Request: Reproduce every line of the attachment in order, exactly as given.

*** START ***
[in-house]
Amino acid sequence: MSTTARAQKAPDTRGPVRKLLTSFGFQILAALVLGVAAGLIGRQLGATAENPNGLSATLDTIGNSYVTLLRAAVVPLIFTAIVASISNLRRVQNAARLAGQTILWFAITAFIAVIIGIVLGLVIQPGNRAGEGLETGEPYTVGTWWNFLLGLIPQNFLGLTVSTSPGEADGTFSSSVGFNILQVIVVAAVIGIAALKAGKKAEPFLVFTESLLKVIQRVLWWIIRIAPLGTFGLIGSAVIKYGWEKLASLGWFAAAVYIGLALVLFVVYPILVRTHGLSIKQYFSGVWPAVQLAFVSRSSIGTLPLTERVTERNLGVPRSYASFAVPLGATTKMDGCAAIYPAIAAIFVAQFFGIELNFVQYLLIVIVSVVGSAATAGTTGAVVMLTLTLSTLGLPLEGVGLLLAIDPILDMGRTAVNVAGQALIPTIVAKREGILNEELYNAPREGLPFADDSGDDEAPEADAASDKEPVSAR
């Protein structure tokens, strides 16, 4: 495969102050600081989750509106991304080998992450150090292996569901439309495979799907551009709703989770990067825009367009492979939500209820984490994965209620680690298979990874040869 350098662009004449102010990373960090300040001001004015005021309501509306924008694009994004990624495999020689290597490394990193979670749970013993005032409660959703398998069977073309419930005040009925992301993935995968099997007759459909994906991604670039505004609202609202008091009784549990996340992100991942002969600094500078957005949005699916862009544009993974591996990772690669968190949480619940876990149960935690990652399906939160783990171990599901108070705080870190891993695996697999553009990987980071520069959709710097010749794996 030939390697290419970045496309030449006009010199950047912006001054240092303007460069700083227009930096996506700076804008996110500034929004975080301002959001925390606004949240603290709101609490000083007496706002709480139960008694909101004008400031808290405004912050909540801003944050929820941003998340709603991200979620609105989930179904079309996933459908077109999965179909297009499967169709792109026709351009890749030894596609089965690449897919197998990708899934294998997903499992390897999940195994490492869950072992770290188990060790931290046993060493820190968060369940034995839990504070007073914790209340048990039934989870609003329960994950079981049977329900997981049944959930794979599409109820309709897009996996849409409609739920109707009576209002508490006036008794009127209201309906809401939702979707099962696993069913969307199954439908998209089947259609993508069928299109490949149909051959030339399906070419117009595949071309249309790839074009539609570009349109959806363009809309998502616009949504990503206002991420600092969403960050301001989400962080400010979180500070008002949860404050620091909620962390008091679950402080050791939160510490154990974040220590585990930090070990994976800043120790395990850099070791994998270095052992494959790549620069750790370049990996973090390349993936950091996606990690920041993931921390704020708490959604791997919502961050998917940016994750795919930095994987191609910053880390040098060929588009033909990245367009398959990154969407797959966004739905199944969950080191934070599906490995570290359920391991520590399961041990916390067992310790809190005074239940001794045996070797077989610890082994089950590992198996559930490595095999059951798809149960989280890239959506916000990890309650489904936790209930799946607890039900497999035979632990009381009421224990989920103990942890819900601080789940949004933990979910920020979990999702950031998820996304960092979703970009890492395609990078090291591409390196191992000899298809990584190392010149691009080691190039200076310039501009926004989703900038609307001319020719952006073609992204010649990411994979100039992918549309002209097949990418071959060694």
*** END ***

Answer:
[in-house]
Amino acid sequence: MSTTARAQKAPDTRGPVRKLLTSFGFQILAALVLGVAAGLIGRQLGATAENPNGLSATLDTIGNSYVTLLRAAVVPLIFTAIVASISNLRRVQNAARLAGQTILWFAITAFIAVIIGIVLGLVIQPGNRAGEGLETGEPYTVGTWWNFLLGLIPQNFLGLTVSTSPGEADGTFSSSVGFNILQVIVVAAVIGIAALKAGKKAEPFLVFTESLLKVIQRVLWWIIRIAPLGTFGLIGSAVIKYGWEKLASLGWFAAAVYIGLALVLFVVYPILVRTHGLSIKQYFSGVWPAVQLAFVSRSSIGTLPLTERVTERNLGVPRSYASFAVPLGATTKMDGCAAIYPAIAAIFVAQFFGIELNFVQYLLIVIVSVVGSAATAGTTGAVVMLTLTLSTLGLPLEGVGLLLAIDPILDMGRTAVNVAGQALIPTIVAKREGILNEELYNAPREGLPFADDSGDDEAPEADAASDKEPVSAR
């Protein structure tokens, strides 16, 4: 495969102050600081989750509106991304080998992450150090292996569901439309495979799907551009709703989770990067825009367009492979939500209820984490994965209620680690298979990874040869 350098662009004449102010990373960090300040001001004015005021309501509306924008694009994004990624495999020689290597490394990193979670749970013993005032409660959703398998069977073309419930005040009925992301993935995968099997007759459909994906991604670039505004609202609202008091009784549990996340992100991942002969600094500078957005949005699916862009544009993974591996990772690669968190949480619940876990149960935690990652399906939160783990171990599901108070705080870190891993695996697999553009990987980071520069959709710097010749794996 030939390697290419970045496309030449006009010199950047912006001054240092303007460069700083227009930096996506700076804008996110500034929004975080301002959001925390606004949240603290709101609490000083007496706002709480139960008694909101004008400031808290405004912050909540801003944050929820941003998340709603991200979620609105989930179904079309996933459908077109999965179909297009499967169709792109026709351009890749030894596609089965690449897919197998990708899934294998997903499992390897999940195994490492869950072992770290188990060790931290046993060493820190968060369940034995839990504070007073914790209340048990039934989870609003329960994950079981049977329900997981049944959930794979599409109820309709897009996996849409409609739920109707009576209002508490006036008794009127209201309906809401939702979707099962696993069913969307199954439908998209089947259609993508069928299109490949149909051959030339399906070419117009595949071309249309790839074009539609570009349109959806363009809309998502616009949504990503206002991420600092969403960050301001989400962080400010979180500070008002949860404050620091909620962390008091679950402080050791939160510490154990974040220590585990930090070990994976800043120790395990850099070791994998270095052992494959790549620069750790370049990996973090390349993936950091996606990690920041993931921390704020708490959604791997919502961050998917940016994750795919930095994987191609910053880390040098060929588009033909990245367009398959990154969407797959966004739905199944969950080191934070599906490995570290359920391991520590399961041990916390067992310790809190005074239940001794045996070797077989610890082994089950590992198996559930490595095999059951798809149960989280890239959506916000990890309650489904936790209930799946607890039900497999035979632990009381009421224990989920103990942890819900601080789940949004933990979910920020979990999702950031998820996304960092979703970009890492395609990078090291591409390196191992000899298809990584190392010149691009080691190039200076310039501009926004989703900038609307001319020719952006073609992204010649990411994979100039992918549309002209097949990418071959060694």